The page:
Common Experiment: Rangelands and PastureWorking Group
To facilitate successful establishment of the LTAR Common Experiment.
Objectives of the LTAR Common Experiment include:
- Develop and evaluate production systems that promote the sustainable intensification of agriculture.
- Identify, quantify, and understand mechanisms underlying tradeoffs and synergies among ecosystem
- Use common long-term measurements and observations to understand and model ecosystem service outcomes under future projections of climate variability and
The overall goal of the Rangelands Working Group is to facilitate achievement of the above objectives. Tasks associated with that goal include:
- Provide recommendations for successful establishment of the Common Experiment across rangeland and pastureland sites, with initial efforts addressing issues of key ecosystem services to be addressed and core measurements that can be compared across diverse ecoregions and management systems.
- Assist with the selection of site-specific hypotheses, as well as interact with LTAR measurement workgroups for selection of scale-appropriate assessments.
- Facilitate coordination of ecosystem service measurements across LTAR rangeland
- Serve as a communication bridge between LTAR site leads, the Croplands Common Experiment Working Group, and the Field Leadership Committee.
- Keep the LTAR community informed by providing applicable updates and files to the LTAR Basecamp site.
Beltsville, MD (March 2015)
- Initial meeting of the Working
- Identified and discussed crucial issues germane to establishment of Common Experiment, including ecosystem services and core measurements.
- Compiled preliminary treatments and design plans for rangeland and pastureland sites.
Archbold Biological Station, Venus, FL (February 2016)
- Finalized site descriptions of Business as usual (BAU) and Aspirational (ASP) treatments.
- Discussed experimental design and replication.
- Identified key ecosystem services being addressed at different sites.
- Cross-walk ‘aspirational outcomes’ (Spiegal et al. 2018) to specific questions pertaining to experimentation, at each site.
- Interact with measurement workgroups to identify Tier 1 (required) and Tier 2 (optional)
LTAR Common Experiment Coordination Survey was implemented through the Jornada Rangeland Management Research Unit website (http://jornada.nmsu.edu/content/ltar-common-experiment-coordination-survey). Analysis of the responses from all sites – initially targeted to rangelands sites but later expanded to all sites – supported development of a framework for analysis of ecosystem services specified in Objectives 2 and 3 (Spiegal et al., 2018).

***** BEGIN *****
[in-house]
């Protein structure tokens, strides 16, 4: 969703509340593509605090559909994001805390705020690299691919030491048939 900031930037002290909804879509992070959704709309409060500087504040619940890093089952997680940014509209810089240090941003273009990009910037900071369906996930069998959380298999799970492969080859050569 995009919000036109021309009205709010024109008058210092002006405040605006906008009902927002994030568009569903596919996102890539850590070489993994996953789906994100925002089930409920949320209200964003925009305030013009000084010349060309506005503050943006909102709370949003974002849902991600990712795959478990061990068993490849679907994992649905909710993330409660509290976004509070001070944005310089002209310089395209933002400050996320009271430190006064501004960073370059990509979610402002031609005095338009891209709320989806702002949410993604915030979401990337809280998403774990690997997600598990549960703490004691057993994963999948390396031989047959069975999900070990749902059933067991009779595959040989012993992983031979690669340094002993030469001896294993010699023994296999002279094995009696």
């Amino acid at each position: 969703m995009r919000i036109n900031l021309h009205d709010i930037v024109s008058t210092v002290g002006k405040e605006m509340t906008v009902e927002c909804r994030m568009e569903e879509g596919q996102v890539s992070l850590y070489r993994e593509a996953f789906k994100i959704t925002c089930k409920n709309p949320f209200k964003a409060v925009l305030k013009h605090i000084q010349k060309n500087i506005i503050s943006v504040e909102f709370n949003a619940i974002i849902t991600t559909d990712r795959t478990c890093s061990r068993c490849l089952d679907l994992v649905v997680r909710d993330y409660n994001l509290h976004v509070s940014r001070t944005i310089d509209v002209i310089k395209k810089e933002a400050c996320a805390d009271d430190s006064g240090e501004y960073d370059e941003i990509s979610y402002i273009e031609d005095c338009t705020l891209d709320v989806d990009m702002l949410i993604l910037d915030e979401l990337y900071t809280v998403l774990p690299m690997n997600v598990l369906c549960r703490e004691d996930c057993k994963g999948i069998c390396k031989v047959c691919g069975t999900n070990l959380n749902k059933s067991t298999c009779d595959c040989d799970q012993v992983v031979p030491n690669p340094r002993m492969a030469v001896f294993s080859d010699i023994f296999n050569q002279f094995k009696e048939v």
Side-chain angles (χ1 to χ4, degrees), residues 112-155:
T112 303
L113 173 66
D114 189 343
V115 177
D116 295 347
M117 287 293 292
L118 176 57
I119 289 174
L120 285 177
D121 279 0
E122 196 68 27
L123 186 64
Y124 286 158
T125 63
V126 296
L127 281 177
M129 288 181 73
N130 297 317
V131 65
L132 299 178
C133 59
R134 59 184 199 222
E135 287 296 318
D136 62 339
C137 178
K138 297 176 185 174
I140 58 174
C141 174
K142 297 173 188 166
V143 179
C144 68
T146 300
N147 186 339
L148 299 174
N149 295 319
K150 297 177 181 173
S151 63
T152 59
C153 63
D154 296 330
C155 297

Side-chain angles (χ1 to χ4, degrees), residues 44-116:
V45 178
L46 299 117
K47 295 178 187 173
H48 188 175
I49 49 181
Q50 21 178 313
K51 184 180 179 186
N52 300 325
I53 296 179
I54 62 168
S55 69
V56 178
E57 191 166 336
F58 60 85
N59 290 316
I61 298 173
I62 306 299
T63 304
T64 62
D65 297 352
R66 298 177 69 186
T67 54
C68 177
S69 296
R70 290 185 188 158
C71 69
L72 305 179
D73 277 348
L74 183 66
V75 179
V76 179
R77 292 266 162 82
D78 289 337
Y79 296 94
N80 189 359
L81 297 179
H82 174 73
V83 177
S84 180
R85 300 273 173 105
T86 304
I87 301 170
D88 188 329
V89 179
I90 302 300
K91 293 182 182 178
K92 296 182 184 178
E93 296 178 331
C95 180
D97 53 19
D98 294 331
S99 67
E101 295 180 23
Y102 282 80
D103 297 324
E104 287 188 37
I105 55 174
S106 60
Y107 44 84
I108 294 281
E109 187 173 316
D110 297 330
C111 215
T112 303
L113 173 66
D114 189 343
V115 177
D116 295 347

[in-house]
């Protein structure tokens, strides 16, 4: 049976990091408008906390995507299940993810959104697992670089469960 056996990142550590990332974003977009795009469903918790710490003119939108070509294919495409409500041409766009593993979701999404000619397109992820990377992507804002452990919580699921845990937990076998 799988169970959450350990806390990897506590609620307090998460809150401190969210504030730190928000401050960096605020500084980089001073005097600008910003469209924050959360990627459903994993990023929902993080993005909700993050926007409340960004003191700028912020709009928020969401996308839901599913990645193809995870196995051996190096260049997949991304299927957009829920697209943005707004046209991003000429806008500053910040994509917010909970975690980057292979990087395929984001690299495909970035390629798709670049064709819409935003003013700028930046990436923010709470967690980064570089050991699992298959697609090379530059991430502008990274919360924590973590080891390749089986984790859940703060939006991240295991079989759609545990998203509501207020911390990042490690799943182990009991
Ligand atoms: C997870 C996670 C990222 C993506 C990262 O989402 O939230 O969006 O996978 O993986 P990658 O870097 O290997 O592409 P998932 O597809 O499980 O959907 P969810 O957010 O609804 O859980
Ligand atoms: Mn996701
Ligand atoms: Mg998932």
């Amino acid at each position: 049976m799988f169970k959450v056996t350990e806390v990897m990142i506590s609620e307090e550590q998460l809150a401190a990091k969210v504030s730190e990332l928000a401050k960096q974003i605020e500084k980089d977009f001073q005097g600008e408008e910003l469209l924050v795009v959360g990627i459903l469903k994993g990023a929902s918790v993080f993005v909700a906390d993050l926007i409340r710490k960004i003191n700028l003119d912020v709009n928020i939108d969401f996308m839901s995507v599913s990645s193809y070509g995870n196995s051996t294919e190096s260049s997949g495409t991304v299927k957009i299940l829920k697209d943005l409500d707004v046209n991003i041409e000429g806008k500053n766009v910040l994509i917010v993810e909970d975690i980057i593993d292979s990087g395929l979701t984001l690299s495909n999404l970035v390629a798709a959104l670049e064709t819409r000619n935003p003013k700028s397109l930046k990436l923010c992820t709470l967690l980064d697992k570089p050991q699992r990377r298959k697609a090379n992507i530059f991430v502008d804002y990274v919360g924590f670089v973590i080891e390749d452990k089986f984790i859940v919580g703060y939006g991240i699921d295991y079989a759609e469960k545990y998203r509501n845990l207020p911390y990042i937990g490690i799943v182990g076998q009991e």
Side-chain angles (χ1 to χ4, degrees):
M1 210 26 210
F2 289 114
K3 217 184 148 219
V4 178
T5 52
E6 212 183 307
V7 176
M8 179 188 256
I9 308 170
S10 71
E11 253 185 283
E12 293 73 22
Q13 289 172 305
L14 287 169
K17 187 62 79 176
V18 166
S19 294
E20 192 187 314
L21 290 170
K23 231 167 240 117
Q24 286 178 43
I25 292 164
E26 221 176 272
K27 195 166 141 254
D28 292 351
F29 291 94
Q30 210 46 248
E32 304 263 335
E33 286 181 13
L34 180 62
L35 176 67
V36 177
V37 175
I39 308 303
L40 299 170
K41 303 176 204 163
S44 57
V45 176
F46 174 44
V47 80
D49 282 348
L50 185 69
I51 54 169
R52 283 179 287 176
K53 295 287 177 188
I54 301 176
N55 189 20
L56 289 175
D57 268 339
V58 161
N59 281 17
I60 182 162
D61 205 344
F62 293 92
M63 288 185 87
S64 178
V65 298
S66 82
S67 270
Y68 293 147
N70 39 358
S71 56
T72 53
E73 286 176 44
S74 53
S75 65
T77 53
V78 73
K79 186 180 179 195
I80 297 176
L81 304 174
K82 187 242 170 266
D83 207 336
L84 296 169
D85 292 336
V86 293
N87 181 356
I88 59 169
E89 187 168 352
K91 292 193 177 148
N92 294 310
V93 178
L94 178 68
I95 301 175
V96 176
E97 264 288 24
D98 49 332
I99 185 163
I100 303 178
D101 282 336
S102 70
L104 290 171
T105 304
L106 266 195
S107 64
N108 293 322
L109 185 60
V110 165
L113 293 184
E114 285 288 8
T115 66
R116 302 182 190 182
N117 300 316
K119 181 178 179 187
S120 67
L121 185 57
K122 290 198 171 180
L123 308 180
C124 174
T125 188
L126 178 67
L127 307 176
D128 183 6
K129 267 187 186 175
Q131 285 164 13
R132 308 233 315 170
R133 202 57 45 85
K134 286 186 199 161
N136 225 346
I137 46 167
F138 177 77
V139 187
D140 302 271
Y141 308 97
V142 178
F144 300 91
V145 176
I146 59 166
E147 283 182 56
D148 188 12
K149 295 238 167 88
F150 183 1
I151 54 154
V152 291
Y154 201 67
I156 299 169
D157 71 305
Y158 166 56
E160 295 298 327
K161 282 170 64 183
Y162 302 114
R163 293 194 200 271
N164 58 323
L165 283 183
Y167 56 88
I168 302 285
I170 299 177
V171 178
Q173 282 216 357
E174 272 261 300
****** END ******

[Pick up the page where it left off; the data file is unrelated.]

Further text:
Spiegal et al. 2018. Supplement 2: Questionnaire Data – Concerns about business-as-usual production; Supplement 4: Questionnaire Data – Aspirational outcomes; Supplement 5: Questionnaire Data – Practices, outreach, and adoption; Supplement 6: Summary statistics for practice outreach and adoption ratings
- Spiegal et al. 2018. Evaluating strategies for sustainable intensification of U.S. agriculture through the Long-Term Agroecosystem Research network. Environ. Res. Letters (accepted, 1/15/18).
Manuscripts in Preparation
- Synthesis of ecosystem services and disservices provided by perennial grasslands
- Comparison of ecosystem services and disservices provided by perennial grasslands across gradients of climate and management intensity
- Opportunities for sustainable intensification in US rangeland regions in light of long-term regional histories
- Methodological flow chart for livestock resource selection functions and resource utilization functions
The USDA Agricultural Research Service (ARS) Long-Term Agroecosystem Research network consists of 18 Federal and university agricultural research sites with an average of over 50 years of history. The goal of this research network is to ensure sustained crop and livestock production and ecosystem services from agroecosystems, and to forecast and verify the effects of environmental trends, public policies, and emerging technologies.